Lead shielding refers to the use of lead as a form of radiation protection to shield people or objects from radiation so as to reduce the effective dose. Lead can effectively attenuate certain kinds of radiation because of its high density and high atomic number; principally, it is effective at stopping gamma rays and x-rays.

Lead bricks are commonly used as radiation shielding.

Operation edit

Fluoroscopy room with control space, separated by lead glass.

Lead's high density is caused by the combination of its high atomic number and the relatively short bond lengths and atomic radius. The high atomic number means that more electrons are needed to maintain a neutral charge and the short bond length and a small atomic radius means that many atoms can be packed into a particular lead structure.

Because of lead's density and large number of electrons, it is well suited to scattering x-rays and gamma-rays. These rays form photons, a type of boson, which impart energy onto electrons when they come into contact. Without a lead shield, the electrons within a person's body would be affected, which could damage their DNA. When the radiation attempts to pass through lead, its electrons absorb and scatter the energy. Eventually though, the lead will degrade from the energy to which it is exposed. However, lead is not effective against all types of radiation. High energy electrons (including beta radiation) incident on lead may create bremsstrahlung radiation, which is potentially more dangerous to tissue than the original radiation. Furthermore, lead is not a particularly effective absorber of neutron radiation.

Types edit

Lead is used for shielding in x-ray machines, nuclear power plants, labs, medical facilities, military equipment, and other places where radiation may be encountered. There is great variety in the types of shielding available both to protect people and to shield equipment and experiments. In gamma-spectroscopy for example, lead castles are constructed to shield the probe from environmental radiation. Personal shielding includes lead aprons (such as the familiar garment used during dental x-rays), thyroid shields, and lead gloves. There are also a variety of shielding devices available for laboratory equipment, including lead castles, structures composed of lead bricks, and lead pigs, made of solid lead or lead-lined containers for storing and transporting radioactive samples. In many facilities where radiation is produced, regulations require construction with lead-lined plywood or drywall to protect adjoining rooms from scatter radiation.[1]

Wear edit

A lead apron or leaded apron is a type of protective clothing that acts as a radiation shield. It is constructed of a thin rubber exterior and an interior of lead in the shape of a hospital apron. The purpose of the lead apron is to reduce exposure of a hospital patient to x-rays to vital organs that are potentially exposed to ionizing radiation during medical imaging that uses x-rays (radiography, fluoroscopy, computed tomography).

Protection of the reproductive organs with a lead rubber apron is considered important because DNA changes to sperm or egg cells of the patient may pass on genetic defects to the offspring of the patient, causing serious and unnecessary hardship for child and parents.[citation needed]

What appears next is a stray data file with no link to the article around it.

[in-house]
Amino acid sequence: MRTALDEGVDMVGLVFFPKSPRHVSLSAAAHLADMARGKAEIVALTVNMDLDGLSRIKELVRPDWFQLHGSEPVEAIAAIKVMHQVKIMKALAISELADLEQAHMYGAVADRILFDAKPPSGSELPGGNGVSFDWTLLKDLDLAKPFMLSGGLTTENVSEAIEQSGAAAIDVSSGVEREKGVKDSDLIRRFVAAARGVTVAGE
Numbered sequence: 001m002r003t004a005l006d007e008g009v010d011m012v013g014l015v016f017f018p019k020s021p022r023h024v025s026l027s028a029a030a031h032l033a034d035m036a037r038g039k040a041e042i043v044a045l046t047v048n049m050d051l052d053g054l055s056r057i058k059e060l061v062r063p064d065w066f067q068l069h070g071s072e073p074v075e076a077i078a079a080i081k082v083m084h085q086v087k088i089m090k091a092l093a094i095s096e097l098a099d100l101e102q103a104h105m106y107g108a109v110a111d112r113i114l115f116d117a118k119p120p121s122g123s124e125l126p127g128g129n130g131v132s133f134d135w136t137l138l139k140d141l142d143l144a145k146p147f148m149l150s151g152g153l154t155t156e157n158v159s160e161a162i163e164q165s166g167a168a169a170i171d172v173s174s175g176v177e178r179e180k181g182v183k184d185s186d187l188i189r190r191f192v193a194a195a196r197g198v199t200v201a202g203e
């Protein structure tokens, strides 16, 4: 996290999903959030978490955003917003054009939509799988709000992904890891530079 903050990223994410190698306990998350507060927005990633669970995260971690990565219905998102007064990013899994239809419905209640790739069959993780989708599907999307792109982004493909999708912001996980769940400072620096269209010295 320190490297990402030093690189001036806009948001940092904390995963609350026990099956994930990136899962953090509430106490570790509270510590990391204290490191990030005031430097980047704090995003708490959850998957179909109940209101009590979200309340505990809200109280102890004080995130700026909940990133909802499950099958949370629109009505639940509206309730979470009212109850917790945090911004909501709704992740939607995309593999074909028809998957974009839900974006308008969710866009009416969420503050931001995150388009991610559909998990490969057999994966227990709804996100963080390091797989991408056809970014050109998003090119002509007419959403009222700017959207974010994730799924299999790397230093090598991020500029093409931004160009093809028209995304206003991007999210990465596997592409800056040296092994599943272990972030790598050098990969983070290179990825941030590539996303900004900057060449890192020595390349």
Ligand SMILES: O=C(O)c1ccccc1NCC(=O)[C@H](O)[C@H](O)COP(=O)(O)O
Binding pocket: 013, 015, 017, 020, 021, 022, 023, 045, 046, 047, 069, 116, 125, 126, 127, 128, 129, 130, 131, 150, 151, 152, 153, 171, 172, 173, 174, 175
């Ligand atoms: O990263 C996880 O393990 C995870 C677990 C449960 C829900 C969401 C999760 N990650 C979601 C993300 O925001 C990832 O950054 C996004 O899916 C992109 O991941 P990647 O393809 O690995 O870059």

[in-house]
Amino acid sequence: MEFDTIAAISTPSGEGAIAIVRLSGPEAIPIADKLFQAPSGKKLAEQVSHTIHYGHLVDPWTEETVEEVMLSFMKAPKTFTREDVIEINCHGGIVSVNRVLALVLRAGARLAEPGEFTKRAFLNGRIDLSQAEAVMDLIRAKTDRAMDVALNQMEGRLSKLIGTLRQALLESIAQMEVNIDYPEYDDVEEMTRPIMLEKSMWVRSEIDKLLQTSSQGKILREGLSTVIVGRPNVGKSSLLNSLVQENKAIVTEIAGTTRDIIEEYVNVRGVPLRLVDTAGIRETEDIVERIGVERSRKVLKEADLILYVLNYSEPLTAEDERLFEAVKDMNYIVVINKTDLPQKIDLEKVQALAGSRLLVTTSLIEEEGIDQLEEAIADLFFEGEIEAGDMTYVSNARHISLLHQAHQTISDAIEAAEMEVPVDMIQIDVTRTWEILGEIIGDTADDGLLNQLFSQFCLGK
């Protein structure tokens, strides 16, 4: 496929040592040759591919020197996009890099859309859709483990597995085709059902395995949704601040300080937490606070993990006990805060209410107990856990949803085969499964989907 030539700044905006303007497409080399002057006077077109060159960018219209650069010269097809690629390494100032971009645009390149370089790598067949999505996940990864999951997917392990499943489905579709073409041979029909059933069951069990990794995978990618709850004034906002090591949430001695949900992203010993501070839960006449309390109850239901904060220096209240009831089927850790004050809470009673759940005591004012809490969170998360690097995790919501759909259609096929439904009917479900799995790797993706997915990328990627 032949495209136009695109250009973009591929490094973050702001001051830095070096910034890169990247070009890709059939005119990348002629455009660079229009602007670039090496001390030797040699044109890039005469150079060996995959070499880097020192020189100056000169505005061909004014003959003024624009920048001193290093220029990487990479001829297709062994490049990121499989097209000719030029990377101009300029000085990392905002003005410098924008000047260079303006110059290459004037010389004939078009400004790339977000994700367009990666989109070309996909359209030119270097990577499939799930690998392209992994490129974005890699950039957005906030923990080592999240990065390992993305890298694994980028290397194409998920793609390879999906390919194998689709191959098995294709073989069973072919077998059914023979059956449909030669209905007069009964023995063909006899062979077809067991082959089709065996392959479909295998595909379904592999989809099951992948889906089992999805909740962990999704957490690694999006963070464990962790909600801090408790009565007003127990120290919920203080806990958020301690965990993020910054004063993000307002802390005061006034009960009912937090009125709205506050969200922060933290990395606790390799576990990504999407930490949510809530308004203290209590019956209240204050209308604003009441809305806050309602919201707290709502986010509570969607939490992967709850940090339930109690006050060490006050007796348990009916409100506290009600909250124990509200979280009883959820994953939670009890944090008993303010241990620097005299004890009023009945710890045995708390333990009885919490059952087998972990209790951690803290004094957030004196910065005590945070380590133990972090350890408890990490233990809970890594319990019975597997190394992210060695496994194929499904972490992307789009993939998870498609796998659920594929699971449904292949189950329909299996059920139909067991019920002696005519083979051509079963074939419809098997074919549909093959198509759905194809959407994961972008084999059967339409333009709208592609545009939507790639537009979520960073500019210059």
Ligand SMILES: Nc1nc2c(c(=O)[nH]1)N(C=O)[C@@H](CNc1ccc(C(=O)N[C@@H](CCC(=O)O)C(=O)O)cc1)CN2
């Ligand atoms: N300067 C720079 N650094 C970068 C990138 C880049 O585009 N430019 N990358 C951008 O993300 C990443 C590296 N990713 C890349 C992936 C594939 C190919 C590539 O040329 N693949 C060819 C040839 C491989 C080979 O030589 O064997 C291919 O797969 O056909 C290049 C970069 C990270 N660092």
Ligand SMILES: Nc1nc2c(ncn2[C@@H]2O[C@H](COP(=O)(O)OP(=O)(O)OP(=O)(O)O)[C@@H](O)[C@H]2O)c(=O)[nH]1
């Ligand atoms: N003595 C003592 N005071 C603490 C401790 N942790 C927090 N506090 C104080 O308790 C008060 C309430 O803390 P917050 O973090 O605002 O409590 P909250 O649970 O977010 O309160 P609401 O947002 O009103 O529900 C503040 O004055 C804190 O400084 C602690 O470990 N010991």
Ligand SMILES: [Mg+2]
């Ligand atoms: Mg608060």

The thyroid gland is especially vulnerable to x-ray exposure. Care should be taken to place a lead apron over the thyroid gland before taking dental radiographs.[2][3] Aprons used for dental imaging should include thyroid collars. However, in poorer or loosely regulated[4] countries, possibly due to the cost of such equipment (approx. 40 USD),[5] no such lead protection is given to the patients themselves,[6] though the operators do get out of the x-ray room for their own safety.

The correct thickness of lead-equivalent (Pbeq) wear will depend on how long and how often the person is working in an exposed environment. The minimum requirement is to wear 0.25 mm Pbeq when not behind lead shielding. In a theatre using fluoroscopy (e.g. orthopaedics, cardiology or interventional radiology) 0.35 or 0.5 mm lead may be appropriate because of the higher KV employed, and on proximity to the primary beam.[7]

See also edit

References edit

  1. ^ NCRP. (2004). Structural shielding design for medical X-ray imaging facilities. National Council on Radiation Protection and Measurement. ISBN 1-60119-854-X. OCLC 1058579305.
  2. ^ A Patient's Guide to Medical Imaging By Ronald Eisenberg, JD, MD, FACR, Alexander Margulis, MD
  3. ^ Current oral and maxillofacial imaging,Thomas F. Razmus, Gail F. Williamson, Page 107
  4. ^ "YouTube". www.youtube.com. Archived from the original on 2021-12-21. Retrieved 2020-07-06.
  5. ^ "Quickship Standard Thyroid Collar". www.universalmedicalinc.com. Retrieved 2020-07-06.
  6. ^ Orach, C. G. (October 2009). "Health equity: challenges in low income countries". African Health Sciences. 9 (Suppl 2): S49–S51. ISSN 1680-6905. PMC 2877288. PMID 20589106.
  7. ^ Livingstone RS, Varghese A, Keshava SN. A Study on the Use of Radiation-Protective Apron among Interventionists in Radiology. J Clin Imaging Sci 2018;8:34

External links edit